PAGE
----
Grow Cactus

Growing cacti is an extremely rewarding hobby as well as a marvelous experience to unravel the mysteries of nature. You may come across scores of other cacti lovers who can share their knowledge and expertise with you. Within a brief period of time, you'll be able to utter the Latin names of popular cacti or interact with other cacti lovers on ways to increase your collection. What's more, you'll find every day an absorbing as well as rewarding day.

The first step to successfully growing a healthy cactus plant is to purchase one that is already in good health. Avoid any plant that has damaged spines, obvious signs of bruising, or that has lopsided or uneven growth. Ideally, a cactus should be purchased in the greenhouse where it was grown, or as soon as possible after it has been shipped to a retail outlet.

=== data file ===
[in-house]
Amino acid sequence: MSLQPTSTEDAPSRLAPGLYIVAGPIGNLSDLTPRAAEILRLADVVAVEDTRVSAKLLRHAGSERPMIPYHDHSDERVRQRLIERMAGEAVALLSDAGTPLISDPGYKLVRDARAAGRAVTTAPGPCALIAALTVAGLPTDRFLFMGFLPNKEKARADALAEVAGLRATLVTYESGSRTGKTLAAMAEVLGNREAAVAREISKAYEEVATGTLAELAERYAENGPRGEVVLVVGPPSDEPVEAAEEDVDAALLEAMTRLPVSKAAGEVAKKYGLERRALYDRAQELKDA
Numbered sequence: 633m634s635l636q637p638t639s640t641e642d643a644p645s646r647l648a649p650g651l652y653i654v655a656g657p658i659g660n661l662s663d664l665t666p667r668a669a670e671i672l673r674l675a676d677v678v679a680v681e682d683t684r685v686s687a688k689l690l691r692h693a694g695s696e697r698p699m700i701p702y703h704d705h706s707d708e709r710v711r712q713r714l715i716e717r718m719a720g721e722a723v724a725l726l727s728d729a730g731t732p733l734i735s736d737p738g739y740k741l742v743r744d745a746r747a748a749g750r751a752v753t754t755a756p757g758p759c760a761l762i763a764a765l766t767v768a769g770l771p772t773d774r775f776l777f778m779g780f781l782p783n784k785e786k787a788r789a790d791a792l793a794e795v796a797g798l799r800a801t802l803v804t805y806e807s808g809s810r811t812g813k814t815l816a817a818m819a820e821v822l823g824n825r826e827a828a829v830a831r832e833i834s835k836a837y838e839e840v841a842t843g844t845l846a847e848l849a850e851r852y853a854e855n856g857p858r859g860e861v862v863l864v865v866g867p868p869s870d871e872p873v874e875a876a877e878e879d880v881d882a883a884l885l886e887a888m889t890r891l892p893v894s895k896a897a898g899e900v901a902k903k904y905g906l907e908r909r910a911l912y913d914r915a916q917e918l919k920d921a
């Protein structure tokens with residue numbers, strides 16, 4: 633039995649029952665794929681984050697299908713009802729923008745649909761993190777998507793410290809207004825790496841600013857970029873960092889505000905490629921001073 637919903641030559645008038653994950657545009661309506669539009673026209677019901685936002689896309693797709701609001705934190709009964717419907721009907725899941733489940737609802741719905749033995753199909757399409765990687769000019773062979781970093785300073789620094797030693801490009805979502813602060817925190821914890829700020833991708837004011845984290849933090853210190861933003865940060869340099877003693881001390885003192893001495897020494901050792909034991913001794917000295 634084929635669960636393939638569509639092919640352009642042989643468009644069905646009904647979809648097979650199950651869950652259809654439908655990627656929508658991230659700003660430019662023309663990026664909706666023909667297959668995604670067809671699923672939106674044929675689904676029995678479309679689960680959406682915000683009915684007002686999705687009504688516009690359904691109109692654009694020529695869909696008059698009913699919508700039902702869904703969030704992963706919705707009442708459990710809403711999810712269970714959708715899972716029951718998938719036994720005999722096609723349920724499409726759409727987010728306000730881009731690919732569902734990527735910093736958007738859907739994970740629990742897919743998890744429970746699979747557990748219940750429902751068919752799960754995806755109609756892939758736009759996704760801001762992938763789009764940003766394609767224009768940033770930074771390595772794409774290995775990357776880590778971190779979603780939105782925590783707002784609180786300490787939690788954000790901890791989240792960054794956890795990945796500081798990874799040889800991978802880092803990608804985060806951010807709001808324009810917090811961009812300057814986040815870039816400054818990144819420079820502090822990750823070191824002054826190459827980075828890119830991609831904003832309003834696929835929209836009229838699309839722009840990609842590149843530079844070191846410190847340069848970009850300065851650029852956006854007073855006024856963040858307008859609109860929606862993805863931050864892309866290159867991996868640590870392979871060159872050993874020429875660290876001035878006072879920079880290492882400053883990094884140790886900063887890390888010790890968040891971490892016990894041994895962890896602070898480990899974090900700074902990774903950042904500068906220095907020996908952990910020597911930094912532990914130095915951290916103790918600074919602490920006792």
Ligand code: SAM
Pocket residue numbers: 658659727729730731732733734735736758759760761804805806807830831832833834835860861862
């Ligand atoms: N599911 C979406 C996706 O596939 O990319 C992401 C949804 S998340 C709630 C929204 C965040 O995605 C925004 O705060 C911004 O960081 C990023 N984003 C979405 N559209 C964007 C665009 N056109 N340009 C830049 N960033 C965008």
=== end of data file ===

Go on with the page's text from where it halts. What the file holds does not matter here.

The care a particular type of cactus requires is largely dictated by the climatic conditions where that cactus would be found growing in nature. A good rule of thumb for looking after any plant is to provide conditions that are as close as possible to the environment where the plant would be found growing naturally.

Generally, the two most common classes of cacti are those which are:
1) Sun-Loving &
2) Shade-loving

A potting medium composed of equal volumes of coarse sand, peat and perlite is suitable to grow most cacti. Vertical plants should be planted in a container that has a diameter 1/2 the height of the plant. Plant Round cacti in containers that have a diameter 2 inches greater than that of the plant. Take care to prevent rot from developing on recently potted or repotted plants. Be sure the pot is dry before transplanting, and transplant into dry soil. Wait a week before watering to allow for the damaged roots to repair.